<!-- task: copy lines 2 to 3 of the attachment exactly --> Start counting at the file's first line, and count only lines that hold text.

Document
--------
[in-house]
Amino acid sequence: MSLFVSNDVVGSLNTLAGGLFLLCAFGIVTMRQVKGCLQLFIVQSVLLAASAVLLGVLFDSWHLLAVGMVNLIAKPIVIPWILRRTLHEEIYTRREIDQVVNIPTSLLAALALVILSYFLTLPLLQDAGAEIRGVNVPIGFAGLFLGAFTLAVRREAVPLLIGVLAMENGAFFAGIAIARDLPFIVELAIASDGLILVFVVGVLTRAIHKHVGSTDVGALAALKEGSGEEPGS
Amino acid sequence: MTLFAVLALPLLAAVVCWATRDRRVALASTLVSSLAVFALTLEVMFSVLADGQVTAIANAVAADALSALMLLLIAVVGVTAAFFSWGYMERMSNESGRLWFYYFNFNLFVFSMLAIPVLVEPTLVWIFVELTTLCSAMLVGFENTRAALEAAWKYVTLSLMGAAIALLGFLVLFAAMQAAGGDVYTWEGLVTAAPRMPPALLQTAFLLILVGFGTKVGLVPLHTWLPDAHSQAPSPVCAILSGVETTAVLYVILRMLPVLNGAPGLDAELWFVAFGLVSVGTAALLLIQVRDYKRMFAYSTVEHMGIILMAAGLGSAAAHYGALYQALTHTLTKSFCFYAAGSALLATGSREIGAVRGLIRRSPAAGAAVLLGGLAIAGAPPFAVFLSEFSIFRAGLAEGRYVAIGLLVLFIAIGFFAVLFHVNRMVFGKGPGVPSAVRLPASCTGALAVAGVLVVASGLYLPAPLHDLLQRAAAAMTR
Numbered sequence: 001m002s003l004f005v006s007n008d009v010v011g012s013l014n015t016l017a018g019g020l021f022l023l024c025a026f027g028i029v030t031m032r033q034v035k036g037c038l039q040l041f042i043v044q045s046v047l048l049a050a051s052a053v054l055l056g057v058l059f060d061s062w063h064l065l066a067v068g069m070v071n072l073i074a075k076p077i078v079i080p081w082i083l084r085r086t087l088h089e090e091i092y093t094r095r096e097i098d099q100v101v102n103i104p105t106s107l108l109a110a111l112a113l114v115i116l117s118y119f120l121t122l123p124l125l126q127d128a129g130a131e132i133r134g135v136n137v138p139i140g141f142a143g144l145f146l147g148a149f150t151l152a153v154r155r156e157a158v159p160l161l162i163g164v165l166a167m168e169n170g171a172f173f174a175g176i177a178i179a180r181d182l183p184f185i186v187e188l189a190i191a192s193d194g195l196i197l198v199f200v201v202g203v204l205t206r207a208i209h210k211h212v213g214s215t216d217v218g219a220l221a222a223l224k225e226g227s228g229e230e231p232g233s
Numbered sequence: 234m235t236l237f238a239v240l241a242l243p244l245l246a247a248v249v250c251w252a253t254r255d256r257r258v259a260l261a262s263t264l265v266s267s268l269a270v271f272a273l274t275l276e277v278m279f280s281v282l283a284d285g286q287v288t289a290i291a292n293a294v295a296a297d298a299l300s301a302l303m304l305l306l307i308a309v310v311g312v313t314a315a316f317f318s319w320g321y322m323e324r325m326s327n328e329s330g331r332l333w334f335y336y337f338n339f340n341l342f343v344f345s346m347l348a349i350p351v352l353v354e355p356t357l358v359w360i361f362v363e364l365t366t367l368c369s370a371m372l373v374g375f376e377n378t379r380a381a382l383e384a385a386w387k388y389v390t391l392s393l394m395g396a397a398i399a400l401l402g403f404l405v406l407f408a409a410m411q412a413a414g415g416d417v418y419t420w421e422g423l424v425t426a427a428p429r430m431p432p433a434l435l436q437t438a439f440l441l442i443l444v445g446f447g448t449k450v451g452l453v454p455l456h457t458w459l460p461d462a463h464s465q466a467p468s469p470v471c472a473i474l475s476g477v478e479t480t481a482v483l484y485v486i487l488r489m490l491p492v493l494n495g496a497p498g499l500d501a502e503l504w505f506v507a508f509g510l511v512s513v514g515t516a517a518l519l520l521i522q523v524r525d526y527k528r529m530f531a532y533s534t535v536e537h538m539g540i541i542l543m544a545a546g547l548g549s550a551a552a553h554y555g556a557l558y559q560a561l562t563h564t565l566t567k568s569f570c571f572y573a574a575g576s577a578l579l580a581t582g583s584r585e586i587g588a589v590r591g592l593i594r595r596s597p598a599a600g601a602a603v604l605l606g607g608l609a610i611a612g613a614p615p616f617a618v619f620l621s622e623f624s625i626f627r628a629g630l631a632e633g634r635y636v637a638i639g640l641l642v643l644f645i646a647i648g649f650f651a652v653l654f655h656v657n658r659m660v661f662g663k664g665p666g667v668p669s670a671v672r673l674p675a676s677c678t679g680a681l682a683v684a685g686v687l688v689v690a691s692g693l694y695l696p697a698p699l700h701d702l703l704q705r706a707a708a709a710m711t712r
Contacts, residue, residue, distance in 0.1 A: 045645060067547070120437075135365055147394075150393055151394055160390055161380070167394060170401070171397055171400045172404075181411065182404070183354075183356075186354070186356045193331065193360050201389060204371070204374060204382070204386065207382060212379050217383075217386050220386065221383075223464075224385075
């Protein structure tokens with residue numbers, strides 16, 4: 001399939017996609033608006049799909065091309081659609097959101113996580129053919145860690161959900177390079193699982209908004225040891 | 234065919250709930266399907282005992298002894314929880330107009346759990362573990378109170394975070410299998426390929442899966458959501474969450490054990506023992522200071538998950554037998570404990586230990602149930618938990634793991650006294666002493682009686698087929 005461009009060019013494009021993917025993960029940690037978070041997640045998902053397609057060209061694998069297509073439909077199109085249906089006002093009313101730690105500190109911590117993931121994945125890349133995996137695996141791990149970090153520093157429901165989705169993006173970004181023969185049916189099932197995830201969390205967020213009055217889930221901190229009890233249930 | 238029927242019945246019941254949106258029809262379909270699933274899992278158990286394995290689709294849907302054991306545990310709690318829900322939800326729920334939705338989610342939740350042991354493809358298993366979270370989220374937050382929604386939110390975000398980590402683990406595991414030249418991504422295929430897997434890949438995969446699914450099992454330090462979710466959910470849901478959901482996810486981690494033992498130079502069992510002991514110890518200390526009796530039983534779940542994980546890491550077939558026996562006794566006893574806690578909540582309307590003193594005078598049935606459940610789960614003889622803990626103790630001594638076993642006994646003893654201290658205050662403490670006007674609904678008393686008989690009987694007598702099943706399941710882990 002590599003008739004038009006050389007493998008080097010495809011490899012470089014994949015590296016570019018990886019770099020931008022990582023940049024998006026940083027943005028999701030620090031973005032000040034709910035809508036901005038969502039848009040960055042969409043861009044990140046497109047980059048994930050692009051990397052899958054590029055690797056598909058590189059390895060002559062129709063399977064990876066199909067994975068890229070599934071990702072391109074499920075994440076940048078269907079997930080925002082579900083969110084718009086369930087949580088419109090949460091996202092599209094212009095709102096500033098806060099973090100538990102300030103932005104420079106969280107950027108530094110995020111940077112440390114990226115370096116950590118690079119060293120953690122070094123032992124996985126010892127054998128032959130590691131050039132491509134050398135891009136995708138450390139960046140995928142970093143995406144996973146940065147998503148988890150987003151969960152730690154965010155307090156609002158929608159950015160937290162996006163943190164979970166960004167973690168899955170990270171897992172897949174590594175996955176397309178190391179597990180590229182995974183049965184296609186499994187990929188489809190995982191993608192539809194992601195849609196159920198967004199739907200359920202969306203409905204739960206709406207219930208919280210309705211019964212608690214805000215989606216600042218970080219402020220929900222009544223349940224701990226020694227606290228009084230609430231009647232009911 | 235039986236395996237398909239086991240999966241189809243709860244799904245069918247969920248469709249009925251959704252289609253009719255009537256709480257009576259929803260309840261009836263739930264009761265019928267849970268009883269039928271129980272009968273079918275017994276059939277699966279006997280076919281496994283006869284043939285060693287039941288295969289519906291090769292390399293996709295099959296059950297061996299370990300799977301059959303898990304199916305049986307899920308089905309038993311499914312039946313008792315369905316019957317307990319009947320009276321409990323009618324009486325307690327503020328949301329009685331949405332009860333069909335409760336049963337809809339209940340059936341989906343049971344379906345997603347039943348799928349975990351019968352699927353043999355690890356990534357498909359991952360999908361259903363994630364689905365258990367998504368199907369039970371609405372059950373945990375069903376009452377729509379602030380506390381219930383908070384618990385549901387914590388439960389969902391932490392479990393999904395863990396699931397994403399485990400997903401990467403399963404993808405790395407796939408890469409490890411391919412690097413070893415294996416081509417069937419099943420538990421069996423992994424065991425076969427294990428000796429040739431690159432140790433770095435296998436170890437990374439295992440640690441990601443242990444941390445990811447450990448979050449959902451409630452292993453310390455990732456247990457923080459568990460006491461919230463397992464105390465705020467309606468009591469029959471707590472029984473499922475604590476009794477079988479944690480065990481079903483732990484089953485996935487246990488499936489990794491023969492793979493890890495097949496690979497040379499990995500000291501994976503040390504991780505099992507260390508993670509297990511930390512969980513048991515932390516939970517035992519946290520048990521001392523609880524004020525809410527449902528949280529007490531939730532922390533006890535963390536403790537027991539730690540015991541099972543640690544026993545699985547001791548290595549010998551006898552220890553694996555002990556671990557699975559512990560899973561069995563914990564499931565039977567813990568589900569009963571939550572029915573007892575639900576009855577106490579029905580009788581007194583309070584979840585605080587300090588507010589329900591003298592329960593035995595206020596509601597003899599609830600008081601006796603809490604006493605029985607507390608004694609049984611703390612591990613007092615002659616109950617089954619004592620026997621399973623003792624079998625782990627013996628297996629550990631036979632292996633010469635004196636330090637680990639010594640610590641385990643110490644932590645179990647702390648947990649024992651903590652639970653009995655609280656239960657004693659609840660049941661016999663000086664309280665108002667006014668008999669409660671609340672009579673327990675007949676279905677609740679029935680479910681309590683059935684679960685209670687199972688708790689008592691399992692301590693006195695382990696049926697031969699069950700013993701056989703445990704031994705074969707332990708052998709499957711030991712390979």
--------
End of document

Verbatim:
Amino acid sequence: MSLFVSNDVVGSLNTLAGGLFLLCAFGIVTMRQVKGCLQLFIVQSVLLAASAVLLGVLFDSWHLLAVGMVNLIAKPIVIPWILRRTLHEEIYTRREIDQVVNIPTSLLAALALVILSYFLTLPLLQDAGAEIRGVNVPIGFAGLFLGAFTLAVRREAVPLLIGVLAMENGAFFAGIAIARDLPFIVELAIASDGLILVFVVGVLTRAIHKHVGSTDVGALAALKEGSGEEPGS
Amino acid sequence: MTLFAVLALPLLAAVVCWATRDRRVALASTLVSSLAVFALTLEVMFSVLADGQVTAIANAVAADALSALMLLLIAVVGVTAAFFSWGYMERMSNESGRLWFYYFNFNLFVFSMLAIPVLVEPTLVWIFVELTTLCSAMLVGFENTRAALEAAWKYVTLSLMGAAIALLGFLVLFAAMQAAGGDVYTWEGLVTAAPRMPPALLQTAFLLILVGFGTKVGLVPLHTWLPDAHSQAPSPVCAILSGVETTAVLYVILRMLPVLNGAPGLDAELWFVAFGLVSVGTAALLLIQVRDYKRMFAYSTVEHMGIILMAAGLGSAAAHYGALYQALTHTLTKSFCFYAAGSALLATGSREIGAVRGLIRRSPAAGAAVLLGGLAIAGAPPFAVFLSEFSIFRAGLAEGRYVAIGLLVLFIAIGFFAVLFHVNRMVFGKGPGVPSAVRLPASCTGALAVAGVLVVASGLYLPAPLHDLLQRAAAAMTR